Nicaraguan students helping their country from NCFL
Americans don't see many reports of the ongoing civil unrest in Nicaragua, but many people here are very interested in how they turn out.
President Daniel Ortega raised taxes on social security and reduced pensions, leading to student protests in the capital, Managua.
Protests turned violent when law enforcement turned on its people with gunfire. Since then, the Sandinista president has withdrawn the reform.
International students in from Nicaragua are trying to help from here in North Central Florida by sending money and supplies to protesters.
Although the reform is no longer on the table and students have been released from custody, violence led to more than 60 deaths, and the number is rising every day. Protests continue as Nicaraguans ask Ortega to step down from office.
"Nicaragua's showing they want a change and they want it now," said Ana Lucia Callejas, an international student at Santa Fe.
She is among the Nicaraguan students in Gainesville facing heartache for their nation.
"My cousin was almost killed in one of the plantones, what they call protests there, it just worries me a lot for the future of my family, my friends, my country I love so much," said Alejandro Villavicencio, an international student at the University of Florida.
"All day on the cell phone,there were videos, audio, horrible things that are happening, and you say to yourself, I can't believe I'm here, in peace, without being able to do anything, and the people in my country are suffering so much," said Callejas.
It all started on April 16th, after the government issued an order reducing pensions and raising social security taxes by five percent.
"In Nicaragua that means a lot because as you know this country where the great majority, people are poor," said Former Representative for Nicaragua in the Organization of American States Rita Delia Casco.
Two days later, students started a peaceful demonstration in front of the Central American University in Managua.
"Everybody, independent of their social status, their political view, their economic status, everybody just went to the streets in support of the students and against the repression on the part of the police and on the paramilitary groups," said Casco.
Protesters tell us the national police, along with the Sandinista Youth, a paramilitary group fighting for Ortega, shot at protesters during peaceful demonstrations.
"We feel like we live in a world that is upside down. Instead of feeling safe with the police we feel like they are our enemies," said Maria Jose, a protester in Nicaragua.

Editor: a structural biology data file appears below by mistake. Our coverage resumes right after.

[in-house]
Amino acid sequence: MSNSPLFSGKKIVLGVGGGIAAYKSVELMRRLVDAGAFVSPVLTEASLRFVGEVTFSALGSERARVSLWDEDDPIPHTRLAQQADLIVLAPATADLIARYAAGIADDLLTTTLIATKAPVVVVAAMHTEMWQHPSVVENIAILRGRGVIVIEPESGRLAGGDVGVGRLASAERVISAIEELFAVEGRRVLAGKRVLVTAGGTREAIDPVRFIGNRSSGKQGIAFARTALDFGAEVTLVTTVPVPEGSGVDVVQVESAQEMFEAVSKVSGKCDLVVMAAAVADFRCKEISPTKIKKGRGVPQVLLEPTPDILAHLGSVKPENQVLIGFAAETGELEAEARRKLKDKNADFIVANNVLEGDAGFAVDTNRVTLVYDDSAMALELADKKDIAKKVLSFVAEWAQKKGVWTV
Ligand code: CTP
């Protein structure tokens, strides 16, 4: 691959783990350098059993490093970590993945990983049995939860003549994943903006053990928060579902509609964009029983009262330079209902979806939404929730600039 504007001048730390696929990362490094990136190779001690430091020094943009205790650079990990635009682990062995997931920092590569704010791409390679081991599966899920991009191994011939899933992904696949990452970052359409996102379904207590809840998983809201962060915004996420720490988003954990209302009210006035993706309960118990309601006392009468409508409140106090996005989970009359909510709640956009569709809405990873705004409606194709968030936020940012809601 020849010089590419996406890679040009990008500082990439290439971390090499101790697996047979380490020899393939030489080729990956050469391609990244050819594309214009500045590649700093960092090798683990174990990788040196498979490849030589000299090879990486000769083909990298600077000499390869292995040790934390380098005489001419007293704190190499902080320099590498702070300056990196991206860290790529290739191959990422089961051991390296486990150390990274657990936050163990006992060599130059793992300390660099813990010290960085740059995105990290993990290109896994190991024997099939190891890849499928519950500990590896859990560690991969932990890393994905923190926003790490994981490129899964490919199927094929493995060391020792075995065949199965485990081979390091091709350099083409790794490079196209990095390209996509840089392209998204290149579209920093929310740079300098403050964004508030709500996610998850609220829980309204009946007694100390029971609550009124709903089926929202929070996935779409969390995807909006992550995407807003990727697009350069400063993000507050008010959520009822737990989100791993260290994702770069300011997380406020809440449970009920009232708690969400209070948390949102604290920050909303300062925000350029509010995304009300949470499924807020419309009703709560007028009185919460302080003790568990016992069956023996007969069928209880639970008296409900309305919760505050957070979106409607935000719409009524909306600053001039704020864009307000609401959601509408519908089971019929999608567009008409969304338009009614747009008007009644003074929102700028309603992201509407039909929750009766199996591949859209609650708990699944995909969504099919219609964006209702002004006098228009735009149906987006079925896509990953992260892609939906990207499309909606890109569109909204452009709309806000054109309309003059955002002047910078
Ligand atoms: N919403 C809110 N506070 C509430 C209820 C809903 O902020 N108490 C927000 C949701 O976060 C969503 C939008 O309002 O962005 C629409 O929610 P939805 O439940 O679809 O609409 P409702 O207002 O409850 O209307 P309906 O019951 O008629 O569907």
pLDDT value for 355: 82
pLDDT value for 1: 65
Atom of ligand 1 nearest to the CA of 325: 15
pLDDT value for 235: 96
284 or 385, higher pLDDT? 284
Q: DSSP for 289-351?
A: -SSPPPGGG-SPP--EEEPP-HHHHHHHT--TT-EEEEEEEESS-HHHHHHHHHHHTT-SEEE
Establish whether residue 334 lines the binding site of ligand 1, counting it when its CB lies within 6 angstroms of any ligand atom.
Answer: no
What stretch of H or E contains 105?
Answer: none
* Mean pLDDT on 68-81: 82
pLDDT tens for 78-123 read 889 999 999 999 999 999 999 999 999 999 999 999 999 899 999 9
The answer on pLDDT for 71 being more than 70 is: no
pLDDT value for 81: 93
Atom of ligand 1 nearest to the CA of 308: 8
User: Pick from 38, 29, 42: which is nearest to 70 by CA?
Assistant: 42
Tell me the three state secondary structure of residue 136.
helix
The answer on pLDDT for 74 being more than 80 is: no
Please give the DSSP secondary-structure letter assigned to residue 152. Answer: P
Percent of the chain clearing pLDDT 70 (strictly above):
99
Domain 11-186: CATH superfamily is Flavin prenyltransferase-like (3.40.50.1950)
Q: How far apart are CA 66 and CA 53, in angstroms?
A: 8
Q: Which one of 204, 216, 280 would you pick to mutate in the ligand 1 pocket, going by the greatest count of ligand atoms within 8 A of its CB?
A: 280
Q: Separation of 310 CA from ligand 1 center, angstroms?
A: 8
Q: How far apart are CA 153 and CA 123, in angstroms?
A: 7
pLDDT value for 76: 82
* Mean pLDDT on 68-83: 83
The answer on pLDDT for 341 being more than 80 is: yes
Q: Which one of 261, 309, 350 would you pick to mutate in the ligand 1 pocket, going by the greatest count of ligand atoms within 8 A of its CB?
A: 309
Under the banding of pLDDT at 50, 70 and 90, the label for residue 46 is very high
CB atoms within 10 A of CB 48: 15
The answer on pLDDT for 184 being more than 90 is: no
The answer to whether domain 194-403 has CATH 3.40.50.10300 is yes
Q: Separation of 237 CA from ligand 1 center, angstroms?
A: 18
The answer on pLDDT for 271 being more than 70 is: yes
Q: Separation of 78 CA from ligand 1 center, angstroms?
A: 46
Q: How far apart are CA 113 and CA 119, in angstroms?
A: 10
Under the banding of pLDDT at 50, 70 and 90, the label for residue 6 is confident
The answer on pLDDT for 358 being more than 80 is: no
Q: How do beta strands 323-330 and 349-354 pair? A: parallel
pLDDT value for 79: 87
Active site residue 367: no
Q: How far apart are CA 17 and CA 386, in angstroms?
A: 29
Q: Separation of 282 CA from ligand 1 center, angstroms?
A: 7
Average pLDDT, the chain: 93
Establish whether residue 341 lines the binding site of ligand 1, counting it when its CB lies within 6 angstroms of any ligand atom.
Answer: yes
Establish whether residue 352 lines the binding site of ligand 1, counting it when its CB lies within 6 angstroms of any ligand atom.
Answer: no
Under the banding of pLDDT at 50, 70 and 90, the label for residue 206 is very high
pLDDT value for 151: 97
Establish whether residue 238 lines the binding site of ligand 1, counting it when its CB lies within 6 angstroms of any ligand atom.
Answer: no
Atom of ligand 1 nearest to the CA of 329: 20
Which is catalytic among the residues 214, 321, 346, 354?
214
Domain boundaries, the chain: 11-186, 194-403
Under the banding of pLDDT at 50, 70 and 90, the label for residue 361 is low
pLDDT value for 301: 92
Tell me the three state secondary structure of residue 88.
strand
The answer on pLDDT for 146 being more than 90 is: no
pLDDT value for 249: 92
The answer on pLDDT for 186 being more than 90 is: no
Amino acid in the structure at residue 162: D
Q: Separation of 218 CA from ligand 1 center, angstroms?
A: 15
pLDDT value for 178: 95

"They obviously violated the duties of the police by using the police against their own people," said Alejandro Vivas Cuadras, a lawyer in both the United States and Nicaragua.
Marches are still going on all over the country with support of the Catholic church. Officers have been using military weapons against protesters. Human rights are being violated.
"The most egregious being obviously the right of life, with the death that happened. The right to due process by illegally detaining the protesters that were peacefully manifesting themselves. The right to peaceful protest," said Cuadras.
Most of the dead are students, the youngest being 15 years old. Even journalists lives are being threatened.
"Something that is going on is the government has censored a lot of tv programs a lot of radio as well and they're not letting people know what is happening in Nicaragua," said Alejandra Maltez, an international student at UF.
Ortega controls most of the news organizations through family ties and business investestments.
"Like his patron in Caracas and his mentors in Havana, the Ortega government has stayed in power by rigging elections, intimidating critics and censoring the media," said US Ambassador for the United Nations Nikki Haley.
"The United States condemns these brutal actions in the strongest possible terms," said U.S. Vice President Mike Pence, urging Ortega to allow the Interamerican Commission on Human Rights to investigate the country last week. "The people of Nicaragua deserve better than the worsening repression of Daniel Ortega's government."
Monday, Ortega announced he would accept the human rights organization's request to visit.
President Ortega has had a long reign over Nicaragua. His control expands into every government branch.
"Asking the judicial power to judge these crimes is pretty much asking them to judge themselves," said Cuadras.
"It's been 11 years of violations to the constitution, the law. It's been 11 years that the people have been affected and lied to by a corrupted government," said Callejas.
Gainesville students held their own event, recognizing their fellow students in Nicaragua who've been killed, and raising awareness. "The Nicaraguans in Gainesville got together and we're raising our voice and demonstrating Nicaragua's not alone," said Callejas.
They're collecting food, water, and medical supplies.
"The more people that know about the situation thats going on in Nicaragua, the more it gets to international organizations that might be able to help our country and the people who live in it," said Villavicencio.
Wednesday, Ortega met with leaders of the student movement and the Catholic church as part of an open dialogue. They're demanding that Ortega returns the country to it's democratic roots.
This hits close to home for the TV20 newsroom. One of our producers Patty Matamoros is from Nicaragua, and her family and friends have faced the violence in Managua first hand.
To help the local students raising money, Venmo any cash donation to @nicaragua-libre. Follow the student movement in Instagram at @nicaragualibreoficial to see donations in use.